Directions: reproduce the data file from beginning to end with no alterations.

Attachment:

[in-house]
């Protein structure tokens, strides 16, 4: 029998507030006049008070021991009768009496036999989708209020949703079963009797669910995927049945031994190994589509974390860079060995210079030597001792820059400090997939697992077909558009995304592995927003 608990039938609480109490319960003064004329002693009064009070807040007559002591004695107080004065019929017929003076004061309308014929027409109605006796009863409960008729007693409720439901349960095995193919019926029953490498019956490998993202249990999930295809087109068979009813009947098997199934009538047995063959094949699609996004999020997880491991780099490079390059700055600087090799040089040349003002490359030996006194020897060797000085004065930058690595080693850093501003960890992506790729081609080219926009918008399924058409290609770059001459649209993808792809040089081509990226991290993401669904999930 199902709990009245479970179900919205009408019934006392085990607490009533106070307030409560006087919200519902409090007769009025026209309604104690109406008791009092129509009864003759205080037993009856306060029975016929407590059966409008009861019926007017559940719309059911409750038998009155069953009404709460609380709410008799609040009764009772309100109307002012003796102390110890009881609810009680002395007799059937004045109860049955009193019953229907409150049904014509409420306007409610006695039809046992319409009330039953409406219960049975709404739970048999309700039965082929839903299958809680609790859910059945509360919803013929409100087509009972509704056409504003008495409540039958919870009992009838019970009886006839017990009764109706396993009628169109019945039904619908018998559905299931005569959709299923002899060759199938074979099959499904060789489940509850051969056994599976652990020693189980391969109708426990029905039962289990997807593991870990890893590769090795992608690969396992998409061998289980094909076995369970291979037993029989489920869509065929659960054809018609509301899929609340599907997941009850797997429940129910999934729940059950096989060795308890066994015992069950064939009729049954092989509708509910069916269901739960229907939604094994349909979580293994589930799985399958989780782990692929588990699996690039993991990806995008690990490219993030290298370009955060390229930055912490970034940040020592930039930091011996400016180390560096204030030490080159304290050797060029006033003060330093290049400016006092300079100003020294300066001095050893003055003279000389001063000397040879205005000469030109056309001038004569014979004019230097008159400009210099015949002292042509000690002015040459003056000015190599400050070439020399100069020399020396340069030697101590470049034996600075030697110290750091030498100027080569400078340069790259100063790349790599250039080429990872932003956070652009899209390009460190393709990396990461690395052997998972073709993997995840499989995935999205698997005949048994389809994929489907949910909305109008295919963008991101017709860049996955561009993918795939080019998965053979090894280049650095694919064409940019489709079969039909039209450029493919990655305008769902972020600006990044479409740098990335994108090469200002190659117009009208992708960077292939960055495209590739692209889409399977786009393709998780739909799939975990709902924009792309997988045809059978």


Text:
[in-house]
């Protein structure tokens, strides 16, 4: 029998507030006049008070021991009768009496036999989708209020949703079963009797669910995927049945031994190994589509974390860079060995210079030597001792820059400090997939697992077909558009995304592995927003 608990039938609480109490319960003064004329002693009064009070807040007559002591004695107080004065019929017929003076004061309308014929027409109605006796009863409960008729007693409720439901349960095995193919019926029953490498019956490998993202249990999930295809087109068979009813009947098997199934009538047995063959094949699609996004999020997880491991780099490079390059700055600087090799040089040349003002490359030996006194020897060797000085004065930058690595080693850093501003960890992506790729081609080219926009918008399924058409290609770059001459649209993808792809040089081509990226991290993401669904999930 199902709990009245479970179900919205009408019934006392085990607490009533106070307030409560006087919200519902409090007769009025026209309604104690109406008791009092129509009864003759205080037993009856306060029975016929407590059966409008009861019926007017559940719309059911409750038998009155069953009404709460609380709410008799609040009764009772309100109307002012003796102390110890009881609810009680002395007799059937004045109860049955009193019953229907409150049904014509409420306007409610006695039809046992319409009330039953409406219960049975709404739970048999309700039965082929839903299958809680609790859910059945509360919803013929409100087509009972509704056409504003008495409540039958919870009992009838019970009886006839017990009764109706396993009628169109019945039904619908018998559905299931005569959709299923002899060759199938074979099959499904060789489940509850051969056994599976652990020693189980391969109708426990029905039962289990997807593991870990890893590769090795992608690969396992998409061998289980094909076995369970291979037993029989489920869509065929659960054809018609509301899929609340599907997941009850797997429940129910999934729940059950096989060795308890066994015992069950064939009729049954092989509708509910069916269901739960229907939604094994349909979580293994589930799985399958989780782990692929588990699996690039993991990806995008690990490219993030290298370009955060390229930055912490970034940040020592930039930091011996400016180390560096204030030490080159304290050797060029006033003060330093290049400016006092300079100003020294300066001095050893003055003279000389001063000397040879205005000469030109056309001038004569014979004019230097008159400009210099015949002292042509000690002015040459003056000015190599400050070439020399100069020399020396340069030697101590470049034996600075030697110290750091030498100027080569400078340069790259100063790349790599250039080429990872932003956070652009899209390009460190393709990396990461690395052997998972073709993997995840499989995935999205698997005949048994389809994929489907949910909305109008295919963008991101017709860049996955561009993918795939080019998965053979090894280049650095694919064409940019489709079969039909039209450029493919990655305008769902972020600006990044479409740098990335994108090469200002190659117009009208992708960077292939960055495209590739692209889409399977786009393709998780739909799939975990709902924009792309997988045809059978």